NOYEKH ZABLUDOVSKI (July 4, 1958-April 18, 1934)
He was born in Bialystok, Russian Poland, into a merchant household. He studied in religious elementary school. He early on became acquainted with the Jewish Enlightenment movement. He lived in Ukraine, 1884-1894, and thereafter returned to Bialystok. He was a cofounder of the society “Jewish Art” and librarian of the Jewish community and YIVO. He lived in Minsk during WWI, and after the March 1917 Revolution he was editorial secretary of Der yud (The Jew). In late 1918 he returned to Bialystok, where he was active in the Zionist movement and edited several issues of the Zionist election newspaper, Unzer frayhayt (Our freedom). From 1879 he was publishing articles, features, and correspondence pieces in Hatsfira (The siren), Hamelits (The advocate)—among other pieces here, the series “Meri rosi haketana” (Little Mary Rosie)—the weekly Di yudishe folkstsaytung (The Jewish people’s newspaper)—a series of letters from Lithuania under the pen name “Halitai” (The Lithuanian)—and Tog (Day) in St. Petersburg (edited by L. Rabinovitsh). He was also the Bialystok correspondent to Fraynd (Friend), internal contributor to Dos naye lebn (The new life) in Bialystok, and a correspondent to Moment (Moment) in Warsaw. He also placed work in the following Bialystok publications: Hayntige tsayt (Present times), Byalistoker vort (Bialystok word), Byalistoker tageblat (Bialystok daily newspaper), Byalistoker shtime (Voice of Bialystok), and Unzer lebn (Our life), among others—in which he published, in addition to articles and features, material about the Jewish past in Bialystok. He edited several issues of a newspaper that Jewish soldiers, 1916-1917, at their own expense published at the Minsk front. His writings would include: A shenere parnose (A nicer living), a one-act play (Bialystok, 1918), 24 pp.; Farbiterte hertser (Embittered hearts), a one-act play (Warsaw, 1923), 29 pp.; An ekspropryatsye (An expropriation), a one-act play (Warsaw, 1923), 33 pp.; Eydims doktoyrim (The son-in-law’s doctors), a comedy about life during the war, three acts (Bialystok, 1924), 65 pp. He also wrote the four-act comedy Dos umgerikhte glik (Unexpected happiness). His one-act plays were staged by the drama section of the Bialystok group “Jewish Art.” Among his pseudonyms: Zavdi, Naki, Zev Vakhludski, Yikhezkl Sbudnov, Myudad, Lo-Safra, Y. L. Berz, Yitskhok Elknzon, Kh. Y. Shevna, Avi-Shem, N. Barash, and Bar-Nash, among others.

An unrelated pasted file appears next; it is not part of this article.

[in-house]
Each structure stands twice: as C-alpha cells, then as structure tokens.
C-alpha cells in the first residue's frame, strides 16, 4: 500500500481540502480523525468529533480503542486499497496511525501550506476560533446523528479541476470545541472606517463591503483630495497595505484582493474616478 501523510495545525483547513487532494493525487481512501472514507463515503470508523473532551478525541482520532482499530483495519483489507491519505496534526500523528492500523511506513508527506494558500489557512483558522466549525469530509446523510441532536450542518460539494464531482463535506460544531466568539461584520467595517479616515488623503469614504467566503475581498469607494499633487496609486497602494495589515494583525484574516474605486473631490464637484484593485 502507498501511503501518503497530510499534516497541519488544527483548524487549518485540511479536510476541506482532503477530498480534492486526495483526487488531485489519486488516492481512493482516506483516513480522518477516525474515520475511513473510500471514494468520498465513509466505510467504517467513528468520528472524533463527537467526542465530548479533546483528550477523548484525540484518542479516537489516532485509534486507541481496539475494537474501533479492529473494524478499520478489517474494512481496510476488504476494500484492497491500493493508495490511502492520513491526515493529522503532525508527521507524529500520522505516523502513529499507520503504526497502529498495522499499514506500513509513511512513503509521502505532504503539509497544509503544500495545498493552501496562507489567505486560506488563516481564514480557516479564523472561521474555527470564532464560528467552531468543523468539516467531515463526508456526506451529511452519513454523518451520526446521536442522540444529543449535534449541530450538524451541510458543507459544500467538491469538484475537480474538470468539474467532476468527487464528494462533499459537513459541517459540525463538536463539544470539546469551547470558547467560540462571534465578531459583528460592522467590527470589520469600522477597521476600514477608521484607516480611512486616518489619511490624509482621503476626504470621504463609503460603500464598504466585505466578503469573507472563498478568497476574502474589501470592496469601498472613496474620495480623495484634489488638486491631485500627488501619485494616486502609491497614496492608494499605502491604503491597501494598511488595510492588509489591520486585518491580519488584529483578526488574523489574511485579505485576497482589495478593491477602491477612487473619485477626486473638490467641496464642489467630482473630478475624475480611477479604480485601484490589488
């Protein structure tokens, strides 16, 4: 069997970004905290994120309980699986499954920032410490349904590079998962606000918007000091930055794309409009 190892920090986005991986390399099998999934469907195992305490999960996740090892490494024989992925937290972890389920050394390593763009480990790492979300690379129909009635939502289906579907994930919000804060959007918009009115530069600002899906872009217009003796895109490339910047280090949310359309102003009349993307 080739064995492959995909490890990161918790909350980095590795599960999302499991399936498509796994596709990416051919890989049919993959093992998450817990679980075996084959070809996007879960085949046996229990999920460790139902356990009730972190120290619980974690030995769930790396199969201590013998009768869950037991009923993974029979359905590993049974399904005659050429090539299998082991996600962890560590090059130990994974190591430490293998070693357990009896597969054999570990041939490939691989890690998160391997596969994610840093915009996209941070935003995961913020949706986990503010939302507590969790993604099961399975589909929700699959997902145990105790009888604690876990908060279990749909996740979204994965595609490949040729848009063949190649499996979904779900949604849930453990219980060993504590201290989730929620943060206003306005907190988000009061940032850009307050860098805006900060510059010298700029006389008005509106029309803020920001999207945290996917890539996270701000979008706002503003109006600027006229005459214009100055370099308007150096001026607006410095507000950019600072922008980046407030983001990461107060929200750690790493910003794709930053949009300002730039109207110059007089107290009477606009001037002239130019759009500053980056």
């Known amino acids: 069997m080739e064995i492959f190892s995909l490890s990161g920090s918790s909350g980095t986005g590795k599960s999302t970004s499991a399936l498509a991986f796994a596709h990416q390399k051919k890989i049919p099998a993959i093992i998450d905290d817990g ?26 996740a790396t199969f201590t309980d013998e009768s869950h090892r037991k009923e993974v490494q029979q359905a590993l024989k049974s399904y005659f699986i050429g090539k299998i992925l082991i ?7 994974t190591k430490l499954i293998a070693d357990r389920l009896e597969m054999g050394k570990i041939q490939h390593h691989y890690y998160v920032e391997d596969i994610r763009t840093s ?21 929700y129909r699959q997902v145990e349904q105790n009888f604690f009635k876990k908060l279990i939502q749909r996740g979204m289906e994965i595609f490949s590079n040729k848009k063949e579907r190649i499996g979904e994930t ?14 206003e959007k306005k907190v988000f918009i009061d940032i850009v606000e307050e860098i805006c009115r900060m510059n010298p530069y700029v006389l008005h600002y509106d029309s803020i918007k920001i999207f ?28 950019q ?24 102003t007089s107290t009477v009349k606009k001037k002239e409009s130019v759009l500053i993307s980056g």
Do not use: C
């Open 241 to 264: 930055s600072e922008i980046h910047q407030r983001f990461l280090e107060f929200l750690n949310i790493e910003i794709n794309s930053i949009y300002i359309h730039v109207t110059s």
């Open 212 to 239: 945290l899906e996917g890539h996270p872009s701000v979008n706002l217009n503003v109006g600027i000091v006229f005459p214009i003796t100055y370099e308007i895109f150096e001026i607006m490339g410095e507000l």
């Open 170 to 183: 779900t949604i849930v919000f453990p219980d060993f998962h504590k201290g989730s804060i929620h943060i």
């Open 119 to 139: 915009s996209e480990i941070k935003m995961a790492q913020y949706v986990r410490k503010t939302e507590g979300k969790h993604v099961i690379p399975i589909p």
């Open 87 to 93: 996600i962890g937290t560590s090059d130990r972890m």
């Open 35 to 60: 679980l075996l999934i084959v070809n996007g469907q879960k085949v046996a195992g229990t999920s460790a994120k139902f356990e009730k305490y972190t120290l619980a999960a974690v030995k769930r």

Sources: Zalmen Reyzen, Leksikon, vol. 1; Z. Zilbertsvayg, Leksikon fun yidishn teater (Handbook of the Yiddish theater), vol. 1; Literarishe bleter (Warsaw) 18 (1934); A. Sh. Hershberg, in Pinkes byalistok (New York) 2 (1949), p. 418,
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